Particle physics is one of the most intriguing scientific fields, probing the nature of the very makeup of the universe itself. However, over the last half decade, due to the growing economic crisis and various items such as war funding taking precedence in government budgets, the budget to help the U.S. stay leaders in the field of particle physics has been slipping.
The U.S. currently is down to only one remaining particle physics lab, the Fermi National Accelerator Laboratory (Fermilab) in Batavia, Illinois, associated with the University of Chicago and the lab was looking to be on the way out. It had started in February rolling furlough program that slashed already scarce employee pay by 12.5 percent and forced them to take periodic unpaid leave.
Now an anonymous donor has stepped in and donated $5M USD to the University of Chicago to try to alleviate these cuts and keep the lab open. Even with the extremely generous donation the lab is still in trouble. It plans to lay off 140 employees now, though it would have been an even larger number before the donation. The donation has allowed the lab to offer voluntary layoffs before the involuntary ones start.
Fermilab Director Piermaria Oddone spoke of the gift stating, "This is very unusual. It's not a building that carries a name. It's really a commitment to science and the nation and in particular to particle physics as a long-range important undertaking for our nation."
The good news has somewhat buoyed the sunken spirits of physicists at the lab. Says Consolato Gattuso, an engineering physicist at the lab, "This is definitely a weight that has been lifted. It gives us some light at the end of the tunnel."
Throughout the last five years, FermiLab's budget has been falling. The U.S. Congress's last minute budget for 2008 cut FermiLab funding from $372 million requested by the Department of Energy (DOE) to $320 million, $22 million less than the lab had received in 2007. The lab went into a state of crisis, forcing employees to take one week off unpaid every other month and work shorter hours. Further, 200 of the lab's 1950 employees were scheduled to be cut.
The U.S. is in a particle physics competition of sorts with Europe to find the legendary Higgs boson particle first. The cuts will allow Fermi's Tevatron Collider to stay operational, and continue the search. Researchers remain optimistic that Fermi may find the particle before Europe's CERN lab turns on its more powerful Large Hadron Collider this summer.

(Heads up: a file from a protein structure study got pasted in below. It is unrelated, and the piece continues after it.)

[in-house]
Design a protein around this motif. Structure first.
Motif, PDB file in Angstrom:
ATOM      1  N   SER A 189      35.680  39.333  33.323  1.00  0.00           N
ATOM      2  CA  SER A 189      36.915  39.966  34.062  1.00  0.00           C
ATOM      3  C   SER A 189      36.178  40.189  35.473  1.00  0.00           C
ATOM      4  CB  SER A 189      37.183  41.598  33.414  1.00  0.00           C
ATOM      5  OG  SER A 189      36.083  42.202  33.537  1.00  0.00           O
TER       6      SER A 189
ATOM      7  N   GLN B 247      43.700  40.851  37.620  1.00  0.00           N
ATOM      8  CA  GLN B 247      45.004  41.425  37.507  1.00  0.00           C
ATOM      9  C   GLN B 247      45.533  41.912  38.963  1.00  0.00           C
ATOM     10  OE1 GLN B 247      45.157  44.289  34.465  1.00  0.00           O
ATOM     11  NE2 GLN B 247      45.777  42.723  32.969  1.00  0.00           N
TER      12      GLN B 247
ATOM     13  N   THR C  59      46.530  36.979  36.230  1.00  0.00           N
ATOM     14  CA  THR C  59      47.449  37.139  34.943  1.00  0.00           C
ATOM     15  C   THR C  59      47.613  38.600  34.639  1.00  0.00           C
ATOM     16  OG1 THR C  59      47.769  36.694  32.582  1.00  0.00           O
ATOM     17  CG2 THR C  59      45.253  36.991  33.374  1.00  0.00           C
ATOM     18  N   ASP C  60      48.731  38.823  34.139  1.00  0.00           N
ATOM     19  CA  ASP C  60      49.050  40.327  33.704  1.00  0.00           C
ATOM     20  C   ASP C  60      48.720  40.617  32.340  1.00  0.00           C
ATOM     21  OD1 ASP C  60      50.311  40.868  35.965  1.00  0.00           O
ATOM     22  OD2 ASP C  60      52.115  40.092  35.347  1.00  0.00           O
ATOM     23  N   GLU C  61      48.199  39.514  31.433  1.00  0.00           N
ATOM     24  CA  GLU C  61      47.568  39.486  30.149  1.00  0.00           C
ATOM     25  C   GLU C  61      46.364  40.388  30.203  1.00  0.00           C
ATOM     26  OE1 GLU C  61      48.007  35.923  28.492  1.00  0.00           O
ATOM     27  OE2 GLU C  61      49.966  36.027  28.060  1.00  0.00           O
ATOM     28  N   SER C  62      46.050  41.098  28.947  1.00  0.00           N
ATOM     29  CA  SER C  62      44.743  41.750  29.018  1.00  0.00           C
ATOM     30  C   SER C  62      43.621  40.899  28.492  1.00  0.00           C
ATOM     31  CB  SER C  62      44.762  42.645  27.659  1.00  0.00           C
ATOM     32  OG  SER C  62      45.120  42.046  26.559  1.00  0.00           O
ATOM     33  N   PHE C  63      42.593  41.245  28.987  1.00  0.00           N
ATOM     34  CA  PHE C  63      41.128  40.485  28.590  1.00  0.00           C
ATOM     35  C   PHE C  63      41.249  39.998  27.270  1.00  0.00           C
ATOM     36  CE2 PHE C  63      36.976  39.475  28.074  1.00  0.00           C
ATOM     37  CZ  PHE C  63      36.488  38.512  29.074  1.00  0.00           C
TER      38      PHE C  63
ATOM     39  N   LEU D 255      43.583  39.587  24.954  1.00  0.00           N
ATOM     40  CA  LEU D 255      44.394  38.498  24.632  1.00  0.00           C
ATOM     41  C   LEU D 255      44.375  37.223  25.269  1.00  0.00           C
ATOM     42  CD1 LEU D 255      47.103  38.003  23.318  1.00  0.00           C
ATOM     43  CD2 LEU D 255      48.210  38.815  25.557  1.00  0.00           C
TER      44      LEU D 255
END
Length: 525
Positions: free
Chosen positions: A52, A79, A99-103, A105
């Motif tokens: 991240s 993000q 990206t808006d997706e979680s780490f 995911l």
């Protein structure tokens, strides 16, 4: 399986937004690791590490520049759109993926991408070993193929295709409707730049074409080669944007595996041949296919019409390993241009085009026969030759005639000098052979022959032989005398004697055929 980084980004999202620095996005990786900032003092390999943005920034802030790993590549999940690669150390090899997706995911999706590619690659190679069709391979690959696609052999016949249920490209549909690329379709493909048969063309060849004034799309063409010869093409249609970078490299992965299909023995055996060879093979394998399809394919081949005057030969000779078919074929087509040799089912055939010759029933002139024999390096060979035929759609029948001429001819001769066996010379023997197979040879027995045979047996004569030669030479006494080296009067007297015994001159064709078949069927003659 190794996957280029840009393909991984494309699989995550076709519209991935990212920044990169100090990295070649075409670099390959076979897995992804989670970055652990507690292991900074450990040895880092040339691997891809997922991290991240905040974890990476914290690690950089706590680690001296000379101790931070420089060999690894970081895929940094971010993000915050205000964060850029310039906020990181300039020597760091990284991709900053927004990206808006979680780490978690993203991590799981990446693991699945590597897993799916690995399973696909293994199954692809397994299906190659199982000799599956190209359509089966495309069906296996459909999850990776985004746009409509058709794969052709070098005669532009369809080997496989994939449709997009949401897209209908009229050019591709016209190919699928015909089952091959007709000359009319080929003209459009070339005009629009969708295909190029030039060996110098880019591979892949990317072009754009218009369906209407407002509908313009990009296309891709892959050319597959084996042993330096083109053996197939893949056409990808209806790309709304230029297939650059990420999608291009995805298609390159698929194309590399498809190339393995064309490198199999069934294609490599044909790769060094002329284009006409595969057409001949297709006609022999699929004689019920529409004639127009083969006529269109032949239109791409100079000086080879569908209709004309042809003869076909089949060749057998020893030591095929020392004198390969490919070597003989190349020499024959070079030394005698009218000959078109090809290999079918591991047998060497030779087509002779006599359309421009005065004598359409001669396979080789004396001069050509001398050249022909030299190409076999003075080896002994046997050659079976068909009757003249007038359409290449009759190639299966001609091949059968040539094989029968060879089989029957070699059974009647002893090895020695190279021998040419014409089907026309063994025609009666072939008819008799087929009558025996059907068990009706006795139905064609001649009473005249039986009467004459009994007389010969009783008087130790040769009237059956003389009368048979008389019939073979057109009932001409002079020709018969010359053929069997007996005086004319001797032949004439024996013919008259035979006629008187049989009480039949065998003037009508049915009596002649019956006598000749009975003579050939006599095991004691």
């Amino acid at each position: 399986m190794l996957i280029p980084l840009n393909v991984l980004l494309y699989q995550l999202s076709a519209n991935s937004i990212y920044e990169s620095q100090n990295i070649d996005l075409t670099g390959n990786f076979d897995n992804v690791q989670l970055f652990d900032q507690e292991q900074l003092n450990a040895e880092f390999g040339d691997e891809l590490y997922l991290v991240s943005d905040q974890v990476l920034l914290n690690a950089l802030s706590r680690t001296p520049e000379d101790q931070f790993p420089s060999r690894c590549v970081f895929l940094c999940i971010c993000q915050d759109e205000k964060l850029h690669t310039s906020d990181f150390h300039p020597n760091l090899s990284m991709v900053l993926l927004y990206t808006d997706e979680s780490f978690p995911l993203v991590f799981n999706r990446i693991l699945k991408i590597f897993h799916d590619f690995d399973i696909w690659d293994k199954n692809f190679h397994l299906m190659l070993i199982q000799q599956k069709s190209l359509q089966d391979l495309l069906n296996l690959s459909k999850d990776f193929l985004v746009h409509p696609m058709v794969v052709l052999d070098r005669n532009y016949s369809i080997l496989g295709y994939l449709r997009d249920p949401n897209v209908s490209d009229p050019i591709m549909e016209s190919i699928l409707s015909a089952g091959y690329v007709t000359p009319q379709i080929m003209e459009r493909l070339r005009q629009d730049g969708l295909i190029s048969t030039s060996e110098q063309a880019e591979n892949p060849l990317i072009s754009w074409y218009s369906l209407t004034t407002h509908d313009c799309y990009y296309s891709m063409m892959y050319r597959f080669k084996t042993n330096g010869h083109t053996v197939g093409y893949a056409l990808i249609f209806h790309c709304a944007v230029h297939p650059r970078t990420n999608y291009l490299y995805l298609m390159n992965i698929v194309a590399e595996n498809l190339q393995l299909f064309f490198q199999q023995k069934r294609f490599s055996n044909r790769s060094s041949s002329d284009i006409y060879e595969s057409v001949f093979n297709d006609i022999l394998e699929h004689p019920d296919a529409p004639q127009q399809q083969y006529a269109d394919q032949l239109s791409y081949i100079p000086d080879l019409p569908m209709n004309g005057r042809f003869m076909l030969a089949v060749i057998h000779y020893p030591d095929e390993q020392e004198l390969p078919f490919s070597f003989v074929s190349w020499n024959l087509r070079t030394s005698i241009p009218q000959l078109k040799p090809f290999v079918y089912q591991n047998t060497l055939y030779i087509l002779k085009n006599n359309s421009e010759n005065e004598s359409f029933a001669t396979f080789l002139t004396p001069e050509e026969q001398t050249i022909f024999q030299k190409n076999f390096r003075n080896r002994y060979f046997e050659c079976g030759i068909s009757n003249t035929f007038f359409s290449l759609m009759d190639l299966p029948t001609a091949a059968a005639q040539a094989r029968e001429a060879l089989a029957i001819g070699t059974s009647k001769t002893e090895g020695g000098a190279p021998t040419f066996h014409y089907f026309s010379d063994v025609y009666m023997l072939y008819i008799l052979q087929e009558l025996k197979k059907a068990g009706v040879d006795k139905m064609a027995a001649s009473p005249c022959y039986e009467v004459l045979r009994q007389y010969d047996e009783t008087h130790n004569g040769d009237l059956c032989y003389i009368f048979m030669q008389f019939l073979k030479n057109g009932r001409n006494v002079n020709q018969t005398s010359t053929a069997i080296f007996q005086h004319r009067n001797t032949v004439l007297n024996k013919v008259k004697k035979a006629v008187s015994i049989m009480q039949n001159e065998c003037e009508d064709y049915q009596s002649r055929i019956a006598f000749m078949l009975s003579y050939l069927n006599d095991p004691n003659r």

Legally, Fermilab cannot officially accept the gift, but it will allow the University of Chicago to contract employees to work in the lab. Over 50 employees have already left the lab, allowing it to scrape $1M USD in savings.
This is not the first time in recent years that the Congress has chronically underfunded the Department of Energy's physics research labs. In 2006, Congress gave the Brookhaven National Laboratory in Upton, New York so little money that it would have to shut down its Relativistic Heavy Ion Collider. James Simons, a theoretical physicist and billionaire hedge-fund guru saved the Collider with a gift of $13M USD.
The officials at Fermi are extremely grateful for a gift, but fear it’s only prolonging the inevitable. Brendan Casey, a Fermilab particle physicist states, "The grain of salt is that it really does nothing to change the uncertainty with regard to the future. So there's some relief, but the underlying tension is still there."
The U.S. government may be forced to reevaluate its spending priorities as more experimental physics labs and other science programs go under and U.S. leadership in the sciences slips. This would truly be an unfortunate loss for the country, most would agree.
quote: secretarian violence
quote: That is a very short sighted view of Iraq.
quote: Last month, at a town hall meeting in New Hampshire, a crowd member asked McCain about a Bush statement that troops could stay in Iraq for 50 years."Maybe 100," McCain replied. "As long as Americans are not being injured or harmed or wounded or killed, it's fine with me and I hope it would be fine with you if we maintain a presence in a very volatile part of the world where al Qaeda is training, recruiting, equipping and motivating people every single day."
quote: I don't remember the Iraq government inviting us.
quote: Why does the US have military installations in Saudia Arabia if we have never been attacked by them either?
quote: And I plan to spank my kids regardless of what any law says.
quote: All good points. I'd add the cultural stigma against being a "nerd". Why do we idolize sports stars over scientists. You have whole generations of kids who dream of being a basketball/football/baseball/sports star. While the scientists and engineers are practically considered social rejects.
quote: How much time and energy do people waste on what star did what, which team won which game, and who's dating whom? If even a small percentage of that energy was directed at sites like this we might have more interest in funding places like the above.
quote: I'm sorry but the scientists and engineers of the world have done a lot more good for society than every sports hero and pop star combined.
quote: The other path leads to going to school for 12 years only to end up at a physics labs thats threatening to be shut down. With very little to show for it besides personal satisfaction. And thats not even a given. The stigma of the typical engineer or scientist being overworked, underpaid and seldom laid sure isn't helping matters.
quote: by FITCamaro on June 2, 2008 at 8:04 AM...And universities wonder why enrollment into engineering and scientific fields is drastically down.